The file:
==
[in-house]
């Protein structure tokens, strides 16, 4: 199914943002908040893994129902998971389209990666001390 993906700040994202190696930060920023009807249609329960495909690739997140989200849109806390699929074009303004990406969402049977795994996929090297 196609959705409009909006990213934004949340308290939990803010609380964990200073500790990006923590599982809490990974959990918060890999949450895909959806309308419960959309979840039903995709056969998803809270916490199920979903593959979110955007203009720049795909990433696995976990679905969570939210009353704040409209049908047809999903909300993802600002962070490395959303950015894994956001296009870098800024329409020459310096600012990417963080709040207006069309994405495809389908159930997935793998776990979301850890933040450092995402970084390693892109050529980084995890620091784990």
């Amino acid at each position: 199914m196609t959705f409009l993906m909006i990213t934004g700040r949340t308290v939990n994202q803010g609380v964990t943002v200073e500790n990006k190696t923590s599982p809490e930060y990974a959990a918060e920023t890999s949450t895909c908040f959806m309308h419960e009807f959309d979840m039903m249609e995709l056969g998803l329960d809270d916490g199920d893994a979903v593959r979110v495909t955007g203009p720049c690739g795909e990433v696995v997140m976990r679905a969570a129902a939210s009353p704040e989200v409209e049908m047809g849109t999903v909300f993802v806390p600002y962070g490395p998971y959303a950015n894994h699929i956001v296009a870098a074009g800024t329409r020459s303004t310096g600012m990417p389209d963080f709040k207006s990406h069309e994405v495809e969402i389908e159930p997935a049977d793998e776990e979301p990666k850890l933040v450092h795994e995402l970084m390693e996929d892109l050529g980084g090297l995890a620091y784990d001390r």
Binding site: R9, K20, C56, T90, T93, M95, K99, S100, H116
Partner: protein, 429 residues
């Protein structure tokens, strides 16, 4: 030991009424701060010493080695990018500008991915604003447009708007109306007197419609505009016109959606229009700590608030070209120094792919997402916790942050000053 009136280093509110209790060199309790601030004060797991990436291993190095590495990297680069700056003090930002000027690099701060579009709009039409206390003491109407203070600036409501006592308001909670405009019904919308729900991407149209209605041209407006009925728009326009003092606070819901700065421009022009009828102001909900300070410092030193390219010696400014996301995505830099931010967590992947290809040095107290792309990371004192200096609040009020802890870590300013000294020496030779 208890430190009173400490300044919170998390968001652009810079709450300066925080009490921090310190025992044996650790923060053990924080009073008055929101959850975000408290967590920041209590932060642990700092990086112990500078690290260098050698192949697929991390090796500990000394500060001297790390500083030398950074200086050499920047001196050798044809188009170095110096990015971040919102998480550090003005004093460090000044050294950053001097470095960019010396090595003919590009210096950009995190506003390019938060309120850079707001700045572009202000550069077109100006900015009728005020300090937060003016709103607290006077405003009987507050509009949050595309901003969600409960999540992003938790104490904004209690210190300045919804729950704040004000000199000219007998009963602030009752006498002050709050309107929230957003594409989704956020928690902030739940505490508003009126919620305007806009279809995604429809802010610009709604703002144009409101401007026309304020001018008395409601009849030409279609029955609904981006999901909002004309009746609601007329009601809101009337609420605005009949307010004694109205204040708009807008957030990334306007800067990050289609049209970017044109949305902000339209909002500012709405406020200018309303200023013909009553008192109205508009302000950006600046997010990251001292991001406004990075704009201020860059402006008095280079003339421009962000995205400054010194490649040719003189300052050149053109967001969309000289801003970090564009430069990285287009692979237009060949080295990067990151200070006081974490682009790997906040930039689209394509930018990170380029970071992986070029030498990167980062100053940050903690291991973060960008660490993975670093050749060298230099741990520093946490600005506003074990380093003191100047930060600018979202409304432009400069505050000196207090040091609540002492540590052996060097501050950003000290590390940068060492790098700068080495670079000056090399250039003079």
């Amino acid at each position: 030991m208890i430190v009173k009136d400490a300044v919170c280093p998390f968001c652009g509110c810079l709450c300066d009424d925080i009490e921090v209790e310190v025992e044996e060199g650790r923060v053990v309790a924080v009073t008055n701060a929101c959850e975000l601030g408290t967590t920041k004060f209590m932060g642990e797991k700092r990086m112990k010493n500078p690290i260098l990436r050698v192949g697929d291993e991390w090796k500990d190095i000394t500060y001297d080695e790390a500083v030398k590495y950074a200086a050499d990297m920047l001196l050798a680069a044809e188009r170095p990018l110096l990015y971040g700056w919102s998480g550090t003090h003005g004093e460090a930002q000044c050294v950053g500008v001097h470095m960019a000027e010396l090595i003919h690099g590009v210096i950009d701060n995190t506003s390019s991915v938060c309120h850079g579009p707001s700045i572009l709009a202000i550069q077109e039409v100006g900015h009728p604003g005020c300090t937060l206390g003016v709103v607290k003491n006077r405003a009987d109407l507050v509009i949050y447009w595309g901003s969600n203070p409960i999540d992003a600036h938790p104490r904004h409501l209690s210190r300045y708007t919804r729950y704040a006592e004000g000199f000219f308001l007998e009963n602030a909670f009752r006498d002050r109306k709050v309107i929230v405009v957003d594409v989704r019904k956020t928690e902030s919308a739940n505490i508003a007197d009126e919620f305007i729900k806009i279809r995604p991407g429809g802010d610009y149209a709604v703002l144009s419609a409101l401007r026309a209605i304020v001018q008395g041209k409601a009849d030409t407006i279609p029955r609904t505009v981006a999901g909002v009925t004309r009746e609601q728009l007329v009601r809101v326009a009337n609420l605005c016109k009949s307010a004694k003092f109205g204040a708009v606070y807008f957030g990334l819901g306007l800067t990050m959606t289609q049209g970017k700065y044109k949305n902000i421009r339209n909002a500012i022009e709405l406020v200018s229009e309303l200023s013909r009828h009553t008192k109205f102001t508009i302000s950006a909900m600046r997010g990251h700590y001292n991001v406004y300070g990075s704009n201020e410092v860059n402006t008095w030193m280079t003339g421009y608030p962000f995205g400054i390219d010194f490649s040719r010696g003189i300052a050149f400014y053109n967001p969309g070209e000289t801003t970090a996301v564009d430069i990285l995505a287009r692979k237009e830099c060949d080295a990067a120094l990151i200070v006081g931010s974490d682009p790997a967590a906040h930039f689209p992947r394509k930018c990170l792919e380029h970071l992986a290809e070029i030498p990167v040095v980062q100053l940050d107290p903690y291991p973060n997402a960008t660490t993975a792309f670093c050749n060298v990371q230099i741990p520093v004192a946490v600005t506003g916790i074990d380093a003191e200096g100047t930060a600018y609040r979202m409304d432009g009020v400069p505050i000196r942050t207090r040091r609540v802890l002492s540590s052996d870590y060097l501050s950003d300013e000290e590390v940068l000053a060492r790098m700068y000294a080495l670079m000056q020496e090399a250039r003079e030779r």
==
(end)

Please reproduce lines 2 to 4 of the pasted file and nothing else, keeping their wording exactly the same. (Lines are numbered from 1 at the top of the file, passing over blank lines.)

């Protein structure tokens, strides 16, 4: 199914943002908040893994129902998971389209990666001390 993906700040994202190696930060920023009807249609329960495909690739997140989200849109806390699929074009303004990406969402049977795994996929090297 196609959705409009909006990213934004949340308290939990803010609380964990200073500790990006923590599982809490990974959990918060890999949450895909959806309308419960959309979840039903995709056969998803809270916490199920979903593959979110955007203009720049795909990433696995976990679905969570939210009353704040409209049908047809999903909300993802600002962070490395959303950015894994956001296009870098800024329409020459310096600012990417963080709040207006069309994405495809389908159930997935793998776990979301850890933040450092995402970084390693892109050529980084995890620091784990």
């Amino acid at each position: 199914m196609t959705f409009l993906m909006i990213t934004g700040r949340t308290v939990n994202q803010g609380v964990t943002v200073e500790n990006k190696t923590s599982p809490e930060y990974a959990a918060e920023t890999s949450t895909c908040f959806m309308h419960e009807f959309d979840m039903m249609e995709l056969g998803l329960d809270d916490g199920d893994a979903v593959r979110v495909t955007g203009p720049c690739g795909e990433v696995v997140m976990r679905a969570a129902a939210s009353p704040e989200v409209e049908m047809g849109t999903v909300f993802v806390p600002y962070g490395p998971y959303a950015n894994h699929i956001v296009a870098a074009g800024t329409r020459s303004t310096g600012m990417p389209d963080f709040k207006s990406h069309e994405v495809e969402i389908e159930p997935a049977d793998e776990e979301p990666k850890l933040v450092h795994e995402l970084m390693e996929d892109l050529g980084g090297l995890a620091y784990d001390r």
Binding site: R9, K20, C56, T90, T93, M95, K99, S100, H116